When she was a little girl growing up in the Bronx, Nikki Allen dreamed of being a forensic scientist. As a teenager, she liked studying science in school, and she thought forensics offered a way to give back to her neighborhood. Not insignificant, the job also looked pretty cool — at least based on the many hours of “CSI” Allen had watched on TV with her aunt.
Allen, who is now 16, had considerably less interest in computer programming. But this spring, her chemistry teacher recommended that she apply for an eight-week computer-science program with Girls Who Code, a nonprofit that teaches middle- and high-school girls programming skills. At first, Allen told me, she was skeptical; she didn’t really understand what computer science was. The experience, however, got her hooked on coding, and she has even started to teach her sister how to write software. When Allen goes to college, she expects to major in the subject.
Computer science is an incredibly promising major, especially for a young woman. That and engineering are among the college degrees that can offer the highest incomes and the most flexibility — attributes widely cited for drawing many women into formerly male-dominated fields like medicine. Writing code and designing networks are also a lot more portable than nursing, teaching and other traditional pink-collar occupations. Yet just 0.4 percent of all female college freshmen say they intend to major in computer science. In fact, the share of women in computer science has actually fallen over the years. In 1990-91, about 29 percent of bachelor’s degrees awarded in computer and information sciences went to women; 20 years later, it has plunged to 18 percent. Today, just a quarter of all Americans in computer-related occupations are women.
One of the biggest challenges, according to many in the industry, may be a public-image problem. Most young people, like Allen, simply don’t come into contact with computer scientists and engineers in their daily lives, and they don’t really understand what they do. And to the extent that Americans do, “they think of Dilbert,” explains Jeffrey Wilcox, vice president of engineering at Lockheed Martin. (“Dilbert” being shorthand, of course, for boring, antisocial, cubicle-contained drudgery, conducted mostly by awkward men in short-sleeve dress shirts — a bit like “Office Space,” only worse.) “I think it’s just about telling our story better,” Wilcox said. “We as engineers, and I’m guilty of this, we’re not great storytellers.”
Public narratives about a career make a difference. The most common career aspiration named on Girls Who Code applications is forensic science. Like Allen, few if any of the girls have ever met anyone in that field, but they’ve all watched “CSI,” “Bones” or some other show in which a cool chick with great hair in a lab coat gets to use her scientific know-how to solve a crime. This so-called “CSI” effect has been credited for helping turn forensic science from a primarily male occupation into a primarily female one.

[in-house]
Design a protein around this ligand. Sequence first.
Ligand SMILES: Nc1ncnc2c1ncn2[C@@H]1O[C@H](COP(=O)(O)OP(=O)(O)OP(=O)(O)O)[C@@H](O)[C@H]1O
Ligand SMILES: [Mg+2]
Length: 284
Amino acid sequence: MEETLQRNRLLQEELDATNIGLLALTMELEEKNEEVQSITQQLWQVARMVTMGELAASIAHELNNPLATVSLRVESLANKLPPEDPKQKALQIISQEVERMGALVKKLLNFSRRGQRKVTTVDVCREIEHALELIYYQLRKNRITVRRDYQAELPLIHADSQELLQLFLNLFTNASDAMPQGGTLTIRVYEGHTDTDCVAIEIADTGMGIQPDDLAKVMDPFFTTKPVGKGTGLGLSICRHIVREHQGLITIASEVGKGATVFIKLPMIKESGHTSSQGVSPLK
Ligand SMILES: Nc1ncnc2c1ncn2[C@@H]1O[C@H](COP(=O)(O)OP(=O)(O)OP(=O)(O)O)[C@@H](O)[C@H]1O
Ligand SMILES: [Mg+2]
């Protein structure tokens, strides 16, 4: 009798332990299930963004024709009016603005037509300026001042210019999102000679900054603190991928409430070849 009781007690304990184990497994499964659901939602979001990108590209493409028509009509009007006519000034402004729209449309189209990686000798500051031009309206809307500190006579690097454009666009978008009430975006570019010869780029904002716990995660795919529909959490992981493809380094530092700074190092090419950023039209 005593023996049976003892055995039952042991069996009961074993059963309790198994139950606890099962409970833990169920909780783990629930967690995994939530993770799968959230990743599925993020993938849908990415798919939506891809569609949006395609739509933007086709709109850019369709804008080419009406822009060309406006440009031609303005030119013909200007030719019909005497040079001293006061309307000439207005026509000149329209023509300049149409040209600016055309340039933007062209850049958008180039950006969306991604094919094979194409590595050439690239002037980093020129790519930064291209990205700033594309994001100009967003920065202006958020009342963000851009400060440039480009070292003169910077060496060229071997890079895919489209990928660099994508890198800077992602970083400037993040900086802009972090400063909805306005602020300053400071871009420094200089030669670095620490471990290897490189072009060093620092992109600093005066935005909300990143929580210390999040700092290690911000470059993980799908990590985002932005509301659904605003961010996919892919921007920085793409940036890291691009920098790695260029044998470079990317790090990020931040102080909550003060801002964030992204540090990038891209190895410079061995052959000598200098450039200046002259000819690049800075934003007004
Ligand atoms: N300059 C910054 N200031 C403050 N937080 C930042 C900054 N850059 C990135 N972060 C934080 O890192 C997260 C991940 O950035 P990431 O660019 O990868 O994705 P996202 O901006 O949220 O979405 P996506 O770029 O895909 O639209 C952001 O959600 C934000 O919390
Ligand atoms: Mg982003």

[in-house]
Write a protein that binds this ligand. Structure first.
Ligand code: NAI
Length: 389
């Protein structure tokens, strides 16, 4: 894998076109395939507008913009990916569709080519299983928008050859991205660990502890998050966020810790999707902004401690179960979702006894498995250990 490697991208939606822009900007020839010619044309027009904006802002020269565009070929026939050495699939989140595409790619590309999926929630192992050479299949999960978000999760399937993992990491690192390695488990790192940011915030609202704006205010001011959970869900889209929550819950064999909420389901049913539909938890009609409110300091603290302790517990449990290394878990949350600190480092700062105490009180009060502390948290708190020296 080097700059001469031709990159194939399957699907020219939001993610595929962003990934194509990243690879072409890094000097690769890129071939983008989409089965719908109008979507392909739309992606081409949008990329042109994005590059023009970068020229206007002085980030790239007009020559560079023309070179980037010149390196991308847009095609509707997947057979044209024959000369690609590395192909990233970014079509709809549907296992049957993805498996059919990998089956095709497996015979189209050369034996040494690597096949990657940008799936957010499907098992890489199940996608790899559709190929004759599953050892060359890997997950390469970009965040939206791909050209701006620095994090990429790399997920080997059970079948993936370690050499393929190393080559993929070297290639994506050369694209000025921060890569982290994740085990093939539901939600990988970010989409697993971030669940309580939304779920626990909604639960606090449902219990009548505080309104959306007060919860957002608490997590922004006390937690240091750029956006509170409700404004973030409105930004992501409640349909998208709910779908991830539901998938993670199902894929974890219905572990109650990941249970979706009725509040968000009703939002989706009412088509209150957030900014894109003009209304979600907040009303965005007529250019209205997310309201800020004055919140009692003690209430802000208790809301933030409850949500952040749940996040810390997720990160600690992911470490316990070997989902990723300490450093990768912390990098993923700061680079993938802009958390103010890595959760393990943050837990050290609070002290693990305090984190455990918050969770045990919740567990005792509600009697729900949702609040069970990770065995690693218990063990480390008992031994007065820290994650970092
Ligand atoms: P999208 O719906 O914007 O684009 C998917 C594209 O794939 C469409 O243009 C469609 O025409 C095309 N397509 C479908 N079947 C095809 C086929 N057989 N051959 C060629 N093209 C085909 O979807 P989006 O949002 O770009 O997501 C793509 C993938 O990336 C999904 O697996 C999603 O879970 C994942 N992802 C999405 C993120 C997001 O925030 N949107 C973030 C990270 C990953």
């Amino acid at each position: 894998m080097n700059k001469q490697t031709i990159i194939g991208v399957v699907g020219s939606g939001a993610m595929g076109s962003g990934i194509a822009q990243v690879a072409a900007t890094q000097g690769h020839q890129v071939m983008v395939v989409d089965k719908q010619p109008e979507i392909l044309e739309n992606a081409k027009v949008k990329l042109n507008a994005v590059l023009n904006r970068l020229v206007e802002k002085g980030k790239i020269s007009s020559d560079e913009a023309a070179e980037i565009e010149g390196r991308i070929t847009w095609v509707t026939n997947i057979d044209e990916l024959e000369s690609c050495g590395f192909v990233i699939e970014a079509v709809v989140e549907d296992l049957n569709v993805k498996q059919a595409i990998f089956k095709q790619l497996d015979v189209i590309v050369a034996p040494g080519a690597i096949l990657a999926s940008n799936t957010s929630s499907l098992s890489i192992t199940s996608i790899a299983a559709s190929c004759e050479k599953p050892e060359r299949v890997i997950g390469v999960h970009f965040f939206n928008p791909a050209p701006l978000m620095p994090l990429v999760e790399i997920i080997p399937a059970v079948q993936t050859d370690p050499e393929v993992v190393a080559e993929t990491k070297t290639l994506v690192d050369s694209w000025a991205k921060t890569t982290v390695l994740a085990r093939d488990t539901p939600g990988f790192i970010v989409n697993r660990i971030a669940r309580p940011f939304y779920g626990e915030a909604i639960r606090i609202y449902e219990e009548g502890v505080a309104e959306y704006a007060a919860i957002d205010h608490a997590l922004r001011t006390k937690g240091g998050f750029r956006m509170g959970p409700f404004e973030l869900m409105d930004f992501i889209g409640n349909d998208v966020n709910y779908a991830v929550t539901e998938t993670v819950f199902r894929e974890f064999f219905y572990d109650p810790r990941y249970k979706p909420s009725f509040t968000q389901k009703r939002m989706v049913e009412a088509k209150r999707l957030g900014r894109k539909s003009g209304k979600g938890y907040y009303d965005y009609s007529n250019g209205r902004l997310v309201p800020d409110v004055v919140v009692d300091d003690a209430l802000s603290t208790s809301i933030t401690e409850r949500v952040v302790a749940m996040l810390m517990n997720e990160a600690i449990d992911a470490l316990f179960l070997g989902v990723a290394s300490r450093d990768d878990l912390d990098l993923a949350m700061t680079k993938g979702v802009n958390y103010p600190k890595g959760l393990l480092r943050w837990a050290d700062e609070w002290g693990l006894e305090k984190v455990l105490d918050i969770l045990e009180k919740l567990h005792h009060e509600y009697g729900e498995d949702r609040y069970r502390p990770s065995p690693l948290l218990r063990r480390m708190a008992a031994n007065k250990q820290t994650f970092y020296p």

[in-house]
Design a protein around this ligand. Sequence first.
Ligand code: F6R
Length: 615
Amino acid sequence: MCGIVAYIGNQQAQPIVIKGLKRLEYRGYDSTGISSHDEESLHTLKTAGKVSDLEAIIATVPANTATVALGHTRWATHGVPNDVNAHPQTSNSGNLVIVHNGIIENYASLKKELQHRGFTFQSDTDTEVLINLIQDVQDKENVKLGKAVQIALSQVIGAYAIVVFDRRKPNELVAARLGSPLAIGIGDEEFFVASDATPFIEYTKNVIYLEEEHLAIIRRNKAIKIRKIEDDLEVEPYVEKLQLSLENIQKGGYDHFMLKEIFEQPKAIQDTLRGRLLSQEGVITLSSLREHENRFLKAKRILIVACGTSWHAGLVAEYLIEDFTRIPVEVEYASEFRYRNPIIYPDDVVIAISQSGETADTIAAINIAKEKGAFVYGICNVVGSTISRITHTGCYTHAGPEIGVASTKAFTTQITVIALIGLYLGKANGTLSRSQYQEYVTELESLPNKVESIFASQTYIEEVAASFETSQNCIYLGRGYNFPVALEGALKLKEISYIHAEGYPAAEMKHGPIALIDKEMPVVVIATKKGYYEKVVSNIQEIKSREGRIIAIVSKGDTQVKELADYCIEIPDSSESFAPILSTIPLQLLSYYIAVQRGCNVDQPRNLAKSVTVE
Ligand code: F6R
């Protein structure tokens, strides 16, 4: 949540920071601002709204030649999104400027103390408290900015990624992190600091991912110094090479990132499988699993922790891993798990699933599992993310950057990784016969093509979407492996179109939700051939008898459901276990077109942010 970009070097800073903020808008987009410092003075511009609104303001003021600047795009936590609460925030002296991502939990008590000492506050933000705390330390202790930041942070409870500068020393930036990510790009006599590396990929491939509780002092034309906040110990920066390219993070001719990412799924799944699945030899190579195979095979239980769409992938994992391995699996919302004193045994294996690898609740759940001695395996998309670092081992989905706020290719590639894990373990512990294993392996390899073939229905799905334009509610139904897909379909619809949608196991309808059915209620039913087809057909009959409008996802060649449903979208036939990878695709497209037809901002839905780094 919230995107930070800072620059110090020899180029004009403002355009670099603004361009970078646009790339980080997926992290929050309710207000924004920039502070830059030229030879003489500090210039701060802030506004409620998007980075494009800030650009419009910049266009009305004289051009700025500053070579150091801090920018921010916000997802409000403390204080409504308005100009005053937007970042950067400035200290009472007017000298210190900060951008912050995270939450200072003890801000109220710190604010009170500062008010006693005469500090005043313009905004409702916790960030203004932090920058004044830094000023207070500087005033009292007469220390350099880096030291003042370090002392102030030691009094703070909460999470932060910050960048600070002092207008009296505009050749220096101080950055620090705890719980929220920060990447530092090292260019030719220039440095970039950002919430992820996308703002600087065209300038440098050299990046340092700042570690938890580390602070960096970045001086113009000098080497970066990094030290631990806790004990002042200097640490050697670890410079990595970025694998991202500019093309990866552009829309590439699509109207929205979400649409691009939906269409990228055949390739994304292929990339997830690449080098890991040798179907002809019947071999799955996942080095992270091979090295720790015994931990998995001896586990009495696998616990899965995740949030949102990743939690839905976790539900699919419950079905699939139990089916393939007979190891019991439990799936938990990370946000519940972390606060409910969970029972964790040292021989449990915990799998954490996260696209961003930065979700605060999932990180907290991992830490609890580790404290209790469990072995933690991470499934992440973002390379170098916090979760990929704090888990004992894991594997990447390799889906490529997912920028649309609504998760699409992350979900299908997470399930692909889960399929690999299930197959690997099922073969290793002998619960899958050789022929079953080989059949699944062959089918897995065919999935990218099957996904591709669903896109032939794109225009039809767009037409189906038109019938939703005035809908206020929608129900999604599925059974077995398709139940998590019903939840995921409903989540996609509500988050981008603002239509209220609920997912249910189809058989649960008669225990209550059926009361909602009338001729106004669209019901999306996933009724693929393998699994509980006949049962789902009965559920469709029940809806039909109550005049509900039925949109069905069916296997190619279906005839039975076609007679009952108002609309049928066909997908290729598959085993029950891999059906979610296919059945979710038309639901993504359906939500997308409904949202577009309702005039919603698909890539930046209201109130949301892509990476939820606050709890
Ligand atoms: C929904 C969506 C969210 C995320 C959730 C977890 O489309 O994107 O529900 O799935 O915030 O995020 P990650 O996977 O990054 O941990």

There is, of course, no pop-culture corollary for computer science. A study financed by the Geena Davis Institute on Gender in Media found that recent family films, children’s shows and prime-time programs featured extraordinarily few characters with computer science or engineering occupations, and even fewer who were female. The ratio of men to women in those jobs is 14.25 to 1 in family films and 5.4 to 1 in prime time. Whenever high-ranking people in the tech industry meet, whether at the White House or a Clinton Global Initiative conference, one executive says, “we almost always walk away from the discussion having come to the conclusion we need a television show.” Nearly every tech or nonprofit executive I spoke with mentioned their hope that “The Social Network” has improved the public’s perception of programmers. They also mentioned how bummed they were that the hit film didn’t include more prominent female characters. Meanwhile, the National Academy of Sciences now offers a program called the Sciences and Entertainment Exchange that gives writers and producers free consultation with all kinds of scientists. Natalie Portman’s character in the superhero movie “Thor,” for instance, started out as a nurse. After a consultation with scientists introduced through the exchange, she became an astrophysicist.
Casting Sofia Vergara as a hacker with a heart of gold may seem an eye-roll-worthy suggestion, but the Labor Department has estimated that there will be 1.4 million job openings for computer-related occupations this decade. The skills required to fill these jobs can be imported from places like India and China, or they can be homegrown. And right now, kids are not learning about them in school. Most elementary and public schools don’t teach computer science, said Cameron Wilson, the chief operating officer at Code.org, a nonprofit that advocates for greater access to computer-science education. The few that do usually only teach how to use technology (creating a PowerPoint presentation, say) rather than how to create it. There is also the issue of recruiting teachers. The median job for people with a computer-science degree pays around $80,000 to $100,000; the typical teaching salary is closer to $45,000 or $55,000.
There are skills gaps throughout sectors of our economy, particularly in health care and advanced manufacturing. But nowhere, arguably, are workers leaving more money and benefits on the table than computer science. The young girls at home watching “CSI” represent a sizable American talent pool that has yet to be tapped.